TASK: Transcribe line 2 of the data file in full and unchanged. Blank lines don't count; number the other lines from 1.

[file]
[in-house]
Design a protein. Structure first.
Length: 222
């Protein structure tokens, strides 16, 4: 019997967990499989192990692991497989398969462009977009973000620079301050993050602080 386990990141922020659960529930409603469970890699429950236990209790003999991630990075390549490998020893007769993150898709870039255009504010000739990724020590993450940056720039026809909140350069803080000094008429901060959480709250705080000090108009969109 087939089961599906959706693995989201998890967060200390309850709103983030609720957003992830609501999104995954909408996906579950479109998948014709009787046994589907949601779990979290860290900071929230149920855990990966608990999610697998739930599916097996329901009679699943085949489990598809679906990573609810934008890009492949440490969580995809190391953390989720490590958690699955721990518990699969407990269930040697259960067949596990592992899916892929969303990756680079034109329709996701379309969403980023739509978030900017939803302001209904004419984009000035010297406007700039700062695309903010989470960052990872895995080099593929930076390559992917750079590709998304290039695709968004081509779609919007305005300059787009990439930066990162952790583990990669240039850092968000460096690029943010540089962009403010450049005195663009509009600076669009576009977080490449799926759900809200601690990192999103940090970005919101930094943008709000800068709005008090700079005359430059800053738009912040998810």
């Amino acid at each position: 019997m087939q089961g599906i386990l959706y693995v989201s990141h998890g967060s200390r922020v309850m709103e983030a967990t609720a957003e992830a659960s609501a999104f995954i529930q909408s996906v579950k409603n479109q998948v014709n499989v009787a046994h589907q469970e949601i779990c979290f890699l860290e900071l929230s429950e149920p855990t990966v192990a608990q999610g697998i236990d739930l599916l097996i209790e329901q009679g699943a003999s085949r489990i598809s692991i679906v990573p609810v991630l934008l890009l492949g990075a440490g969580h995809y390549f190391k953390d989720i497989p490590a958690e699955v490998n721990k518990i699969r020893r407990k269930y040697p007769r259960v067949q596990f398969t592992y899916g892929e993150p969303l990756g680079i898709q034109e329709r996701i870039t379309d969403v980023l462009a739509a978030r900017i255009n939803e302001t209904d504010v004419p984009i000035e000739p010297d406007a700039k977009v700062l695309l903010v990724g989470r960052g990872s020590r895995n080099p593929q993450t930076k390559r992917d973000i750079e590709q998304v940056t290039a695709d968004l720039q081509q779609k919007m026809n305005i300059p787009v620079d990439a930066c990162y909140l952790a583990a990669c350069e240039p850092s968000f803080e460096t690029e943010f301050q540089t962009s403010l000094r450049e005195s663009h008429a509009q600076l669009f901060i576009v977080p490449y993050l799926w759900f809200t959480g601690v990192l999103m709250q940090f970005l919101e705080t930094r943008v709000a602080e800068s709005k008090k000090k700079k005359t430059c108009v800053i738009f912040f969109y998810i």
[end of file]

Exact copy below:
Design a protein. Structure first.